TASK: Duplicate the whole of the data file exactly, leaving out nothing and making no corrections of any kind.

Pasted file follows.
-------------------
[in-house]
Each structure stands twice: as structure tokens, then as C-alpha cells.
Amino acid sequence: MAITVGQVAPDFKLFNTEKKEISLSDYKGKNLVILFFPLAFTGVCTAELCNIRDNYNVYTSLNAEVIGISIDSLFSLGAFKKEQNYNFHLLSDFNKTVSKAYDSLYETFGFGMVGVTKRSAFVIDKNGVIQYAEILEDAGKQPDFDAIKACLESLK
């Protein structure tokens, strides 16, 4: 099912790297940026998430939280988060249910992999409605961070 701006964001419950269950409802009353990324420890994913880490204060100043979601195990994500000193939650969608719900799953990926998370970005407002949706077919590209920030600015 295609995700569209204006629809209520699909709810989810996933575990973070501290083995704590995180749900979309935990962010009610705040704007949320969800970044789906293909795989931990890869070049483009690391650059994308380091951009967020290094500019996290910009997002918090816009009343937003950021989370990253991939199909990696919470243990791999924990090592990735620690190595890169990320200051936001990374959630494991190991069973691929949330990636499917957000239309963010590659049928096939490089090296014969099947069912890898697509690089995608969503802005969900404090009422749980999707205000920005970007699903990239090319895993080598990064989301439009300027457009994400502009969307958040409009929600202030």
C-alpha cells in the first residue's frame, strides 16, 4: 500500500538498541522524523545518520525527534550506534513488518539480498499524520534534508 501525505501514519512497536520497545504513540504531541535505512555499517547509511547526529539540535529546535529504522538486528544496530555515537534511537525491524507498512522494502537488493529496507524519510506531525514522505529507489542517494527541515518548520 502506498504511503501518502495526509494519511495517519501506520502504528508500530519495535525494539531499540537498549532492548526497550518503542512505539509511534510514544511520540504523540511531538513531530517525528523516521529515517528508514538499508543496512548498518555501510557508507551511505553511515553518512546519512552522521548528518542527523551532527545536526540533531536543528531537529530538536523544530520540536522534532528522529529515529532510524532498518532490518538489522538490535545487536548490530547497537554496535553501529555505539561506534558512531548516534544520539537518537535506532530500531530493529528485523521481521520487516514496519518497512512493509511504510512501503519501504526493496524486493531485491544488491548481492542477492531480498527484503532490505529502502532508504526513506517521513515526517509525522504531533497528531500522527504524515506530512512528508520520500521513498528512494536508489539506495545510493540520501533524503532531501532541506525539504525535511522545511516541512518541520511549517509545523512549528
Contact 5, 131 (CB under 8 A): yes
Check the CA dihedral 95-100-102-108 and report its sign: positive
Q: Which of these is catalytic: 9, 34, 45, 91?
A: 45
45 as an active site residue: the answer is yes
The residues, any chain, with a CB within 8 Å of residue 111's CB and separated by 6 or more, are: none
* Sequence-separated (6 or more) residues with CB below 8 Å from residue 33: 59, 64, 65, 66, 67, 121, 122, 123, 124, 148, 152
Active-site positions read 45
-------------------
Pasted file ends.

[in-house]
Each structure stands twice: as structure tokens, then as C-alpha cells.
Amino acid sequence: MAITVGQVAPDFKLFNTEKKEISLSDYKGKNLVILFFPLAFTGVCTAELCNIRDNYNVYTSLNAEVIGISIDSLFSLGAFKKEQNYNFHLLSDFNKTVSKAYDSLYETFGFGMVGVTKRSAFVIDKNGVIQYAEILEDAGKQPDFDAIKACLESLK
């Protein structure tokens, strides 16, 4: 099912790297940026998430939280988060249910992999409605961070 701006964001419950269950409802009353990324420890994913880490204060100043979601195990994500000193939650969608719900799953990926998370970005407002949706077919590209920030600015 295609995700569209204006629809209520699909709810989810996933575990973070501290083995704590995180749900979309935990962010009610705040704007949320969800970044789906293909795989931990890869070049483009690391650059994308380091951009967020290094500019996290910009997002918090816009009343937003950021989370990253991939199909990696919470243990791999924990090592990735620690190595890169990320200051936001990374959630494991190991069973691929949330990636499917957000239309963010590659049928096939490089090296014969099947069912890898697509690089995608969503802005969900404090009422749980999707205000920005970007699903990239090319895993080598990064989301439009300027457009994400502009969307958040409009929600202030």
C-alpha cells in the first residue's frame, strides 16, 4: 500500500538498541522524523545518520525527534550506534513488518539480498499524520534534508 501525505501514519512497536520497545504513540504531541535505512555499517547509511547526529539540535529546535529504522538486528544496530555515537534511537525491524507498512522494502537488493529496507524519510506531525514522505529507489542517494527541515518548520 502506498504511503501518502495526509494519511495517519501506520502504528508500530519495535525494539531499540537498549532492548526497550518503542512505539509511534510514544511520540504523540511531538513531530517525528523516521529515517528508514538499508543496512548498518555501510557508507551511505553511515553518512546519512552522521548528518542527523551532527545536526540533531536543528531537529530538536523544530520540536522534532528522529529515529532510524532498518532490518538489522538490535545487536548490530547497537554496535553501529555505539561506534558512531548516534544520539537518537535506532530500531530493529528485523521481521520487516514496519518497512512493509511504510512501503519501504526493496524486493531485491544488491548481492542477492531480498527484503532490505529502502532508504526513506517521513515526517509525522504531533497528531500522527504524515506530512512528508520520500521513498528512494536508489539506495545510493540520501533524503532531501532541506525539504525535511522545511516541512518541520511549517509545523512549528
Contact 5, 131 (CB under 8 A): yes
Check the CA dihedral 95-100-102-108 and report its sign: positive
Q: Which of these is catalytic: 9, 34, 45, 91?
A: 45
45 as an active site residue: the answer is yes
The residues, any chain, with a CB within 8 Å of residue 111's CB and separated by 6 or more, are: none
* Sequence-separated (6 or more) residues with CB below 8 Å from residue 33: 59, 64, 65, 66, 67, 121, 122, 123, 124, 148, 152
Active-site positions read 45